How to ace your job or apprenticeship interviews
Prepare and interview like a boss!
Got a job or apprenticeship interview coming up? No worries - follow this guide and you’ll leave everyone impressed.
Prepare, prepare, prepare!
Prepping for an interview may not sound fun (or even possible - how can you guess what they’ll ask?) but it’ll be your secret weapon. It’ll give you confidence going in, show that you care about the job, and there actually are common questions that you can prepare for so you’ll know exactly what to say if they ask them.
How to prepare:
1. Research the employer
Don’t just rely on the info provided in the job description. Head over to the company’s website and look at their mission and their recent projects. Check out their social media feeds, blogs, or any news stories they’ve been featured in, if you can find them.
The goal: Find out what makes this company unique. You’re likely to be asked why you want to work at this company in particular, and it’s great to be able to point to specific things about them. Plus, it might give you ideas for questions to ask at the interview.
2. Find out what they’re looking for
A lot of interviewers use a technique called ‘skill-based questions’, which basically means they want you to prove you have the right skills for the job. Start by using the job description to create a list of five key skills required for the role. If you’re lucky, these will be listed explicitly (e.g. good problem-solving skills); if not, you may need to read between the lines. If there’s really nothing to go on, head over to Unifrog’s Careers library, search for the role that most closely matches the one you’re going for and note down the ‘Skills required’.
The goal: Understand exactly which skills they’re hoping to see you demonstrate. Even if they don’t use skill-based questions, these will be good skills to find ways to highlight in the interview.
3. Match your experience to the job
Now for the tricky bit – think back over your experience to date and try to find examples of how you’ve demonstrated those skills. Think outside the box and draw on a wide range of experiences – anything from helping out with a school assembly to work experience placements. Look through your CV for inspiration (the employer will likely base a few of their questions on your CV anyway). If you’ve been diligently filling in your Unifrog Skills and Activities sections, awesome – this is when all that hard work will really pay off. You really want to be coming up with specific examples, even anecdotes.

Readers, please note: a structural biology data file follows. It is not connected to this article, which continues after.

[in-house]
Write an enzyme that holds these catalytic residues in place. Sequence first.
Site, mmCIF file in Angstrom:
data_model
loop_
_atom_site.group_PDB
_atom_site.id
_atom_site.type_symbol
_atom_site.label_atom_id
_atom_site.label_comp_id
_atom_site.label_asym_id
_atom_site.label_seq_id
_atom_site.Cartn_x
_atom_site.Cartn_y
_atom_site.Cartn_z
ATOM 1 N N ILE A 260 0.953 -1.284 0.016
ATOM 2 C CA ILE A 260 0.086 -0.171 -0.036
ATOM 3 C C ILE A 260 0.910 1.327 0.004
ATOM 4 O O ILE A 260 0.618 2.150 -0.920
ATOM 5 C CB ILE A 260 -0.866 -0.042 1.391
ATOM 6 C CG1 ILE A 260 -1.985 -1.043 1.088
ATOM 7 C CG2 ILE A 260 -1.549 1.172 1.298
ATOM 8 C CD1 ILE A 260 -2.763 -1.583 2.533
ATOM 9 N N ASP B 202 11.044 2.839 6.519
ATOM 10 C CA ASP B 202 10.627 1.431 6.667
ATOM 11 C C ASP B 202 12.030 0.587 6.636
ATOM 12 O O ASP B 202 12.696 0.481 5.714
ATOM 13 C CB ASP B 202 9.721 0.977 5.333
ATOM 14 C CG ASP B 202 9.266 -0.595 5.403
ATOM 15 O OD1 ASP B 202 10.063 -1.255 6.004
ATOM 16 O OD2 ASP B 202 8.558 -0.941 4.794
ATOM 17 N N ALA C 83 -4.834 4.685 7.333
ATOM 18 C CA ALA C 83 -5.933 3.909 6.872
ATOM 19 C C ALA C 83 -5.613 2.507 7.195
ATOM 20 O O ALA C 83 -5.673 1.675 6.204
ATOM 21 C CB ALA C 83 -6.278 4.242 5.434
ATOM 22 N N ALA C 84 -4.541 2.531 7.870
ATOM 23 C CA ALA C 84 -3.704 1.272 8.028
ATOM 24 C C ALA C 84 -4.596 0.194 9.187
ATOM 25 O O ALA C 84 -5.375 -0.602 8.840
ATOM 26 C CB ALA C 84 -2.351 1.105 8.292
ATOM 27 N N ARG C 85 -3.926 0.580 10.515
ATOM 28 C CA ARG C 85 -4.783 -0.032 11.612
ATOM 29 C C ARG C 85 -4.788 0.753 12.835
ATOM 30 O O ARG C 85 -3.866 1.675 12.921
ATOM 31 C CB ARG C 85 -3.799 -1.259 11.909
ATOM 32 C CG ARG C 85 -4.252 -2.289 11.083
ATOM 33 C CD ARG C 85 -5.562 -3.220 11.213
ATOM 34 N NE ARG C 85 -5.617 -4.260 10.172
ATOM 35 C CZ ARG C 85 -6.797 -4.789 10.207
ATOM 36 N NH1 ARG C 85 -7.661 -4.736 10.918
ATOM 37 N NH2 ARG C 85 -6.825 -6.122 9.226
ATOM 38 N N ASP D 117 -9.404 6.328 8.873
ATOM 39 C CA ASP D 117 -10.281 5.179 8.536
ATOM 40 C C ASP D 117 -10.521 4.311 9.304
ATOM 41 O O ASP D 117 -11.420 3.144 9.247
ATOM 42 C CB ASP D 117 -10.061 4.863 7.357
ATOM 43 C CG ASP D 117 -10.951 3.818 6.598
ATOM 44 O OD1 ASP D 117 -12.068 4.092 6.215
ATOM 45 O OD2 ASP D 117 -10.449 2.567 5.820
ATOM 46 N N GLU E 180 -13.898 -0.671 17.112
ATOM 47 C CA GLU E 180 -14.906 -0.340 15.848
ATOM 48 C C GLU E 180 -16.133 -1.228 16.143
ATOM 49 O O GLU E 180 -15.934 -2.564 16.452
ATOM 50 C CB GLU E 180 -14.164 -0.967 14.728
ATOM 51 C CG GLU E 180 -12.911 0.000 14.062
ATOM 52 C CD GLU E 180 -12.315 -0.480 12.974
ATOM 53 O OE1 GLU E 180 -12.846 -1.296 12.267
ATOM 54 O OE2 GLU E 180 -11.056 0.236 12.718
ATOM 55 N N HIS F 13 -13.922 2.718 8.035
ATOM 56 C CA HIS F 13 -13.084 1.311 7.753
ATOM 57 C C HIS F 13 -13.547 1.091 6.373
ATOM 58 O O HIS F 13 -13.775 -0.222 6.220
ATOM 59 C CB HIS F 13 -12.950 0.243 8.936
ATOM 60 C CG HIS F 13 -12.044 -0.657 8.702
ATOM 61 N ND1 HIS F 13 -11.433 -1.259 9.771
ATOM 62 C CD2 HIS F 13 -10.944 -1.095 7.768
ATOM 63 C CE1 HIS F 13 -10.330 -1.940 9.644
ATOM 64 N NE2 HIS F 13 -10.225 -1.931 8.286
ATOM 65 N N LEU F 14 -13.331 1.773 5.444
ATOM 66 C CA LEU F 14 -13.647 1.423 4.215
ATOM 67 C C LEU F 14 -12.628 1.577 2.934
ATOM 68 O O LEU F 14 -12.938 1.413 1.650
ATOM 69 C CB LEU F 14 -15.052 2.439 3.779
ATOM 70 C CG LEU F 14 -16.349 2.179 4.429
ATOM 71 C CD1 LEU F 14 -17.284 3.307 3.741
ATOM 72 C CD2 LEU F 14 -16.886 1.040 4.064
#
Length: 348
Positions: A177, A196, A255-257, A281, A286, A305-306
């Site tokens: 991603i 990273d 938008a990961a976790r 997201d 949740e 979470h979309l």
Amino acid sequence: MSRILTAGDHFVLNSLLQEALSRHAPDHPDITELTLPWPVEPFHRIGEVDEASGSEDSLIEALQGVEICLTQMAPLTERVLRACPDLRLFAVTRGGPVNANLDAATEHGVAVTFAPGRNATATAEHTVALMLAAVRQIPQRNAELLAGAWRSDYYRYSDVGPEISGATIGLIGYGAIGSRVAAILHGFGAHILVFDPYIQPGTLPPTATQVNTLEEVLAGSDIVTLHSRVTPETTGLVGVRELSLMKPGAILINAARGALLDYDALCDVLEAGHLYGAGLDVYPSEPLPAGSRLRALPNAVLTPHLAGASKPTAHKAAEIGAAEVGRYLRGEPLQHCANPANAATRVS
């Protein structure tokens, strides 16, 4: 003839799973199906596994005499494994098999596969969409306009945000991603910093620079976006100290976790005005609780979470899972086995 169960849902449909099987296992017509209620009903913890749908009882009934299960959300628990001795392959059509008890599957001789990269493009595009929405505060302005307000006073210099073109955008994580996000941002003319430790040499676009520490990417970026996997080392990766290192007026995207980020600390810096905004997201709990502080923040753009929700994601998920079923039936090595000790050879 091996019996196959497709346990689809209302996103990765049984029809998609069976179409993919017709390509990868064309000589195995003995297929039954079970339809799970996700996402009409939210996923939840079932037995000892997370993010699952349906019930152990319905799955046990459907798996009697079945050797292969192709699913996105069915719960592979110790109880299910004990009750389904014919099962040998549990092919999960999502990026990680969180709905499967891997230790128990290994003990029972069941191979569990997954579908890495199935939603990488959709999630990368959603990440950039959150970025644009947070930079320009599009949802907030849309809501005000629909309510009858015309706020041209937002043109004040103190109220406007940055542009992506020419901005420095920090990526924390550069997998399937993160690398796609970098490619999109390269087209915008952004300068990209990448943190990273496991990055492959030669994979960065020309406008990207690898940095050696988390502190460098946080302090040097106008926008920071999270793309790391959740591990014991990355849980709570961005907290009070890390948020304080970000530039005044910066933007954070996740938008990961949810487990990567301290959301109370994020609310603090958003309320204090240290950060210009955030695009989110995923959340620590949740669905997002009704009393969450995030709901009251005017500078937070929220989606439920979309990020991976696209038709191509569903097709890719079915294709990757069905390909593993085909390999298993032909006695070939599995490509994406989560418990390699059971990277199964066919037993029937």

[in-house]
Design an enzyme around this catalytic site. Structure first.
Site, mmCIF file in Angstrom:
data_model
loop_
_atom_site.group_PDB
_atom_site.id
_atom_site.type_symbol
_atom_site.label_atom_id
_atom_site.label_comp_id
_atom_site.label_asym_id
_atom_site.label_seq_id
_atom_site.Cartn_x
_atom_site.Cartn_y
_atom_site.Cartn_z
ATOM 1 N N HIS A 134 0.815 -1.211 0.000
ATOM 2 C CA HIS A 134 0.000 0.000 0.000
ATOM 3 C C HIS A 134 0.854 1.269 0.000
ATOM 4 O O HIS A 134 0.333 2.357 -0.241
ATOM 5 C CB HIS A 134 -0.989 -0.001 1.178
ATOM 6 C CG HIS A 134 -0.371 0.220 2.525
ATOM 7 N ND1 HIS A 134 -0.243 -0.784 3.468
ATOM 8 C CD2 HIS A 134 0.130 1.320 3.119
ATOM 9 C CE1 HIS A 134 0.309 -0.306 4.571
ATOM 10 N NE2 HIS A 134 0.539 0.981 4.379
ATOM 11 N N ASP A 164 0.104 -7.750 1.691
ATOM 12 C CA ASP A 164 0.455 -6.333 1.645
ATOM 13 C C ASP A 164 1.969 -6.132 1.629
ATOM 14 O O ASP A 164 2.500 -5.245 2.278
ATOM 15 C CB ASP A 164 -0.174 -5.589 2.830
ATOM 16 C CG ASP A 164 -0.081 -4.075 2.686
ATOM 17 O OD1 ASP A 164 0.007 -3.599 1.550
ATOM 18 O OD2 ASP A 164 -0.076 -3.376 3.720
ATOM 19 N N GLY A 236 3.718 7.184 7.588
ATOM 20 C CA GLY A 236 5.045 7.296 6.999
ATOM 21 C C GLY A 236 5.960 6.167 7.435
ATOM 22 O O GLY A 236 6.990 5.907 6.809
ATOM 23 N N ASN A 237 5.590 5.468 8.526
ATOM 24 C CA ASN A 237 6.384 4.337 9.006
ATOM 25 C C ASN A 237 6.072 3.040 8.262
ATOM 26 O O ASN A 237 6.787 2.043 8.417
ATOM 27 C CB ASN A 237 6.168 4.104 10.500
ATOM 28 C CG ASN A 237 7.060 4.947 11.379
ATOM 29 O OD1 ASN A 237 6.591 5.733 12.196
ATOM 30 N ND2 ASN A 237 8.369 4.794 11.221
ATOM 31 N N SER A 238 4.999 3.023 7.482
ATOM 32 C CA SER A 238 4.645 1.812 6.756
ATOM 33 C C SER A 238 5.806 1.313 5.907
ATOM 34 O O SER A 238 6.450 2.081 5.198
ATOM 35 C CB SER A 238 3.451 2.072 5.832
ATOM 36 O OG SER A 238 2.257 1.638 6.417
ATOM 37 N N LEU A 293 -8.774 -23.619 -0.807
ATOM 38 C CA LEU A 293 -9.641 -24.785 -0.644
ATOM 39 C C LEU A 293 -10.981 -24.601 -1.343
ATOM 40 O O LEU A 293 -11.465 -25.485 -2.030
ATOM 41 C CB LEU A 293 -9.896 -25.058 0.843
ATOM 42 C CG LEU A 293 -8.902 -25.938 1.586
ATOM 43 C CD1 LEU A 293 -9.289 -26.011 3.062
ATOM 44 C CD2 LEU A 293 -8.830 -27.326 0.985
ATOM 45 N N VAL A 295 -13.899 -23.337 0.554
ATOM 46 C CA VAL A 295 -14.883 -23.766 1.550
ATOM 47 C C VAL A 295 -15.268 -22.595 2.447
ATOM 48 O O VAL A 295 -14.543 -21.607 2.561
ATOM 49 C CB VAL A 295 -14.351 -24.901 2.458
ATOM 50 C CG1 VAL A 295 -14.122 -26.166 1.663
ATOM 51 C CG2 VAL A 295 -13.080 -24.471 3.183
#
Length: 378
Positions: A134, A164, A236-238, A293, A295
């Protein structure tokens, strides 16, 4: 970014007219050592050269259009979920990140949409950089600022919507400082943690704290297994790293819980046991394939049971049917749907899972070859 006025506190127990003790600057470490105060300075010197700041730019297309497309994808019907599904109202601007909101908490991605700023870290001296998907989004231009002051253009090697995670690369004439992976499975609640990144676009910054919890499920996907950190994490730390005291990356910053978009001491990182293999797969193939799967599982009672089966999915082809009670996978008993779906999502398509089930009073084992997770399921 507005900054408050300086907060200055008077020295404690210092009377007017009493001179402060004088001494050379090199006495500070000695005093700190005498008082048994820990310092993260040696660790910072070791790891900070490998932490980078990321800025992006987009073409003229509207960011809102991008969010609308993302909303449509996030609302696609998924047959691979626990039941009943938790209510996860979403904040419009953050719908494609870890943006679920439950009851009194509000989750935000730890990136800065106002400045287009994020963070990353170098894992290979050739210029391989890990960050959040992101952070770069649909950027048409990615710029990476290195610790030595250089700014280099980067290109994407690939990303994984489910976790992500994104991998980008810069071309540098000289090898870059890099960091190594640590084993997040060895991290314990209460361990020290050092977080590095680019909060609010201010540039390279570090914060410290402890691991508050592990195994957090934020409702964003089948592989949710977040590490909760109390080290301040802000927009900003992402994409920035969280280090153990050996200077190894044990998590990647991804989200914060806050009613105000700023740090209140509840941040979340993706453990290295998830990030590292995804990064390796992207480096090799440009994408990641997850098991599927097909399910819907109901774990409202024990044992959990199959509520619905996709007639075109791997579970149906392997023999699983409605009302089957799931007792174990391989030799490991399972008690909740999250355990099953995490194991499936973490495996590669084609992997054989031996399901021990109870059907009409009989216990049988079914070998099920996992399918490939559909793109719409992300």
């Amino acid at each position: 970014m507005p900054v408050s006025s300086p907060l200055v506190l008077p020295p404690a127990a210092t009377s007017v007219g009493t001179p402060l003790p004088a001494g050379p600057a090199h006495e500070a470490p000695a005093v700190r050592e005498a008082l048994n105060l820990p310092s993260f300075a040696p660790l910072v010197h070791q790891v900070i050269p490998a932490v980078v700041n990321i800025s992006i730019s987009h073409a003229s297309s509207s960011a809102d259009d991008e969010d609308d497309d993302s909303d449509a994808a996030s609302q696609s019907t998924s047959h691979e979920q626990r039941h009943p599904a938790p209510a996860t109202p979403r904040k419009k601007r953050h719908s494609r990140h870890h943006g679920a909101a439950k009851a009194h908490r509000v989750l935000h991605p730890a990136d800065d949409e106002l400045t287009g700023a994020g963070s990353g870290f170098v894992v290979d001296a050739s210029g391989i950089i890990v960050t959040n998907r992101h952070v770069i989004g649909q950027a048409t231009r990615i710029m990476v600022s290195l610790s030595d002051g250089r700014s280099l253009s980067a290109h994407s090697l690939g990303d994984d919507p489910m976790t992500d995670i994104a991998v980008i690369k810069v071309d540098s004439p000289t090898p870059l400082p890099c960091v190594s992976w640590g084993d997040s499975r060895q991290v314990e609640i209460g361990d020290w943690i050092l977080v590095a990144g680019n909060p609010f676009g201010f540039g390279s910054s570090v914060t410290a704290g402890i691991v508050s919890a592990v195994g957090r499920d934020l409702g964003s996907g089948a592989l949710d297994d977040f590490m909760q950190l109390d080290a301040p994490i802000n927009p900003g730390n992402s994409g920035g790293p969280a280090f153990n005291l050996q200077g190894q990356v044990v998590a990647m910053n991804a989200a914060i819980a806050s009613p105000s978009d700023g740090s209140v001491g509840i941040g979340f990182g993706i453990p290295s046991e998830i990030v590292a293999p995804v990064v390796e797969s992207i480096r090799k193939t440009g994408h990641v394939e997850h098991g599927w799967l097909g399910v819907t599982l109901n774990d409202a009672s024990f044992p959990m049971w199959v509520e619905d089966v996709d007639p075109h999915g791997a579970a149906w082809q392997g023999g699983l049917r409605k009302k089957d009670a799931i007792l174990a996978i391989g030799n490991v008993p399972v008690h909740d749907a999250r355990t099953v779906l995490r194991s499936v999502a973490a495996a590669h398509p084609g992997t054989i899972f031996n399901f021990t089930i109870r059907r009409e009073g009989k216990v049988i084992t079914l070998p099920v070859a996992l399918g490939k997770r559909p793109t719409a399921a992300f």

Here’s an example to get you going:
Interviewer: If you join us as a waiter, you’ll often be in high-pressure situations with a lot of competing demands. How are you at prioritising tasks?
Applicant: I have a lot of experience with that, actually. I’m still a student, so balancing the work for my different courses is something I’ve gotten used to - but I also am captain of my football team and look after my younger siblings when my parents have to work late. One week last autumn, I had essays due, I needed to help out with try-outs for the team, and my parents needed me to mind my siblings. I sat down and worked out a careful schedule, balancing out things that couldn’t be changed - I couldn’t just leave my siblings home alone, so that of course had to take priority - and places where I might have a little more flexibility, like starting the essays early so that I wouldn’t actually be finishing them during that crazy week, or trading off with the co-captain to show up at try-outs a little bit late. Of course, in a restaurant setting I wouldn’t have time to make plans this way, but the experience has helped me get better at sorting out priorities on the fly, too.
It’s easy to panic and say, ‘Yes, I’m really good at balancing different things, I think it’s a really important skill,’ but that doesn’t actually show the interviewer that you’re good at it. A specific story lets them see a time you’ve put that trait into action.
The goal: Be ready with specific, concrete examples, so that instead of racking your brains in a panic, or answering really vaguely, you have really specific evidence to demonstrate your skills.
4. Prep other common questions
In addition to skill-based questions, you might be asked something that has nothing to do with the job you’re applying for and it’s easy to think that the interviewer is trying to catch you out. Honestly, they're not - often, they’re using some odd questions to ask something else in a less direct way. Here are a few examples of odd interview questions with explanations of what they might really be getting at:
- Question – What’s your biggest weakness?